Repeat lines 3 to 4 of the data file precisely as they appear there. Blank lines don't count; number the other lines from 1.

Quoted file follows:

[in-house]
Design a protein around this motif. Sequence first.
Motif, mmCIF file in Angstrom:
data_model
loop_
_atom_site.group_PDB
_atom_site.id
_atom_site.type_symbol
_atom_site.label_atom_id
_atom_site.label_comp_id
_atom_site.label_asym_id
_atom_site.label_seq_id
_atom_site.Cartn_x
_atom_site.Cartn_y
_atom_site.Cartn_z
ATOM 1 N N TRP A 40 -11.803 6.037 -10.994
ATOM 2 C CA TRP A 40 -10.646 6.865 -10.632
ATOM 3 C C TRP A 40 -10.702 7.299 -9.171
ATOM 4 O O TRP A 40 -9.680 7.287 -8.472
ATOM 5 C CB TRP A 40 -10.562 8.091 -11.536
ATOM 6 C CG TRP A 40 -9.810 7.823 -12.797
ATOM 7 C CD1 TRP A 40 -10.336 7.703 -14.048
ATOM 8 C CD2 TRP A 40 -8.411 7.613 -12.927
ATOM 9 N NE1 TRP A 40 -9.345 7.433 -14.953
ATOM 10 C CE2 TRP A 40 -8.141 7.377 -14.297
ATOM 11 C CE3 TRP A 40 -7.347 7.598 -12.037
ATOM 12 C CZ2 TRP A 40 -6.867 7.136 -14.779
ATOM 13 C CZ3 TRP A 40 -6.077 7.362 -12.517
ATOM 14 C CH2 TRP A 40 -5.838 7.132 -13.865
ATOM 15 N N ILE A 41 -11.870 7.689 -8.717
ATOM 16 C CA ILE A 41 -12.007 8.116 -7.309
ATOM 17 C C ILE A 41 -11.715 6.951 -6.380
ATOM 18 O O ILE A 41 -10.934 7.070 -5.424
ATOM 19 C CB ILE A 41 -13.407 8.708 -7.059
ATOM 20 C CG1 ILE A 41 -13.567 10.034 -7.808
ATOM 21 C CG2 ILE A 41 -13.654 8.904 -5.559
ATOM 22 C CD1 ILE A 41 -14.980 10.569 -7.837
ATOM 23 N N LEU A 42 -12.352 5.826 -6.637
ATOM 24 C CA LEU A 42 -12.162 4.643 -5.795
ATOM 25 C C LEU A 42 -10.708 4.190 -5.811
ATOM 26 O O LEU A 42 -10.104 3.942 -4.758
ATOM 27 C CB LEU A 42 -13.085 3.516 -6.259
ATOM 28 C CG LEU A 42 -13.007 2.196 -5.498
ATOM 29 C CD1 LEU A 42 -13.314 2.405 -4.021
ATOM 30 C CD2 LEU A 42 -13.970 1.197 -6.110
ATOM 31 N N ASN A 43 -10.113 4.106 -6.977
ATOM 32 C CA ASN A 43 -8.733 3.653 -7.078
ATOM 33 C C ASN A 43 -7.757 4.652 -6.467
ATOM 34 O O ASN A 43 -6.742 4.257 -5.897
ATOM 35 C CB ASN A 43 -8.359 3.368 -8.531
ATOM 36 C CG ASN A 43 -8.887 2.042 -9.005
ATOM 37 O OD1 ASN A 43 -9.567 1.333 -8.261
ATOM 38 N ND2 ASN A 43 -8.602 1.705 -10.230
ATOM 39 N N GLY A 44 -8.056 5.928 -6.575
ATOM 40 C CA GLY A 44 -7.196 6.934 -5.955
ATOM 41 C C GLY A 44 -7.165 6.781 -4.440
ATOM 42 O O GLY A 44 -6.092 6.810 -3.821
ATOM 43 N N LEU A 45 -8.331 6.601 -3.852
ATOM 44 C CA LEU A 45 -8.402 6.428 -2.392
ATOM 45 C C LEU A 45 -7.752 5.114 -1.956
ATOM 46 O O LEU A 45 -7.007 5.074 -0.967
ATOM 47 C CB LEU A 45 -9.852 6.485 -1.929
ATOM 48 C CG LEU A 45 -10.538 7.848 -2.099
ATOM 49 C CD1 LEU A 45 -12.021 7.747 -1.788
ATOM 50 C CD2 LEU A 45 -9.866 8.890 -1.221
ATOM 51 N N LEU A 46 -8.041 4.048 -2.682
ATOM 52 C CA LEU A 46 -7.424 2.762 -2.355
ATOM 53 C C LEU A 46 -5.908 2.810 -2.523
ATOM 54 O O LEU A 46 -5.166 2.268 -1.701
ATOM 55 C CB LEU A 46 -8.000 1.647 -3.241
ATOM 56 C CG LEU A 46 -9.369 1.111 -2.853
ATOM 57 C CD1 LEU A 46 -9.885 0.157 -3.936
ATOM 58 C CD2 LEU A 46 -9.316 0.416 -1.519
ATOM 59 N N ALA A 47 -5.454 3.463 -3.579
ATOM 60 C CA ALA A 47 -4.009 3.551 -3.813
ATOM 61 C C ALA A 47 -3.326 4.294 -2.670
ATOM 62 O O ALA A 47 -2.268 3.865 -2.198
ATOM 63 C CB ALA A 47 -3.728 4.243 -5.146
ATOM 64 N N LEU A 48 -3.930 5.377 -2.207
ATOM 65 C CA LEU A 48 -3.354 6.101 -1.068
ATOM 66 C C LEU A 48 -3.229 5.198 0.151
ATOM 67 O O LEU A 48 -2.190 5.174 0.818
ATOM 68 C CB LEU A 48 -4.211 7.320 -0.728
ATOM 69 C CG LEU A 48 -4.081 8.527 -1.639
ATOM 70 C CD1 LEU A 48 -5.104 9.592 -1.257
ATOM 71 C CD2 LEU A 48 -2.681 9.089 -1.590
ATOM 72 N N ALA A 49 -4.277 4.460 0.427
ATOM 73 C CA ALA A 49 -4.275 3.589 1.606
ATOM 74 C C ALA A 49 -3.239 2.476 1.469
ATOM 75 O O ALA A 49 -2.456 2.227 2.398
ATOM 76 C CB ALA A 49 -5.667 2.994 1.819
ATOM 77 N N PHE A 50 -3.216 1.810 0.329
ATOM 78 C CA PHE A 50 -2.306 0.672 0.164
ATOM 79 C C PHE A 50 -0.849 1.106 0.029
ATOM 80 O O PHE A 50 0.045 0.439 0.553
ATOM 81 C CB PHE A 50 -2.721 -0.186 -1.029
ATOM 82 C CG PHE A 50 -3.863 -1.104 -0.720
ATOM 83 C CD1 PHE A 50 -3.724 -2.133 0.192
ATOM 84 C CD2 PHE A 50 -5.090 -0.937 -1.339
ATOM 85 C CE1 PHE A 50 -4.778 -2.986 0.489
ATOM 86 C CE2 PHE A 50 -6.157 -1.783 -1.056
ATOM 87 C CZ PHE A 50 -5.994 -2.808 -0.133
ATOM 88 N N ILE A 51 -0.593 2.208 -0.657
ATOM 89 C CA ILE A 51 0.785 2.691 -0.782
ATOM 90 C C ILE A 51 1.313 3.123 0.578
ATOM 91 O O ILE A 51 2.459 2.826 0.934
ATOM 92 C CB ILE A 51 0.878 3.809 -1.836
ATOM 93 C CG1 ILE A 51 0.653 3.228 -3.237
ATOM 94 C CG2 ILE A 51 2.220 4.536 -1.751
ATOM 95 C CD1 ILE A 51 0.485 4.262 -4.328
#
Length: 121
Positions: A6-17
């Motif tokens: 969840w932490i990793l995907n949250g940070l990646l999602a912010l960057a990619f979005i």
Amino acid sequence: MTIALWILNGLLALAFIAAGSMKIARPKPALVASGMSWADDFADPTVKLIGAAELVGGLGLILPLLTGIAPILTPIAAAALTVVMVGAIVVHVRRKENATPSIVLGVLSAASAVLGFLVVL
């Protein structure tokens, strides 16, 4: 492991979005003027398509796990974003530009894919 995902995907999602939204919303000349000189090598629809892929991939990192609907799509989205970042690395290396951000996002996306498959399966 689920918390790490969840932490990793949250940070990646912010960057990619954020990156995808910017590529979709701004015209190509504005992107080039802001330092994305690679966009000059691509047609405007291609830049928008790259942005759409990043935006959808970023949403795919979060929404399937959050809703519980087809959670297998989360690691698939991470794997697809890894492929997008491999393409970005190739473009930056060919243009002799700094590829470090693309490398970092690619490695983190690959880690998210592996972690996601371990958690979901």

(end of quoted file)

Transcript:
Motif, mmCIF file in Angstrom:
data_model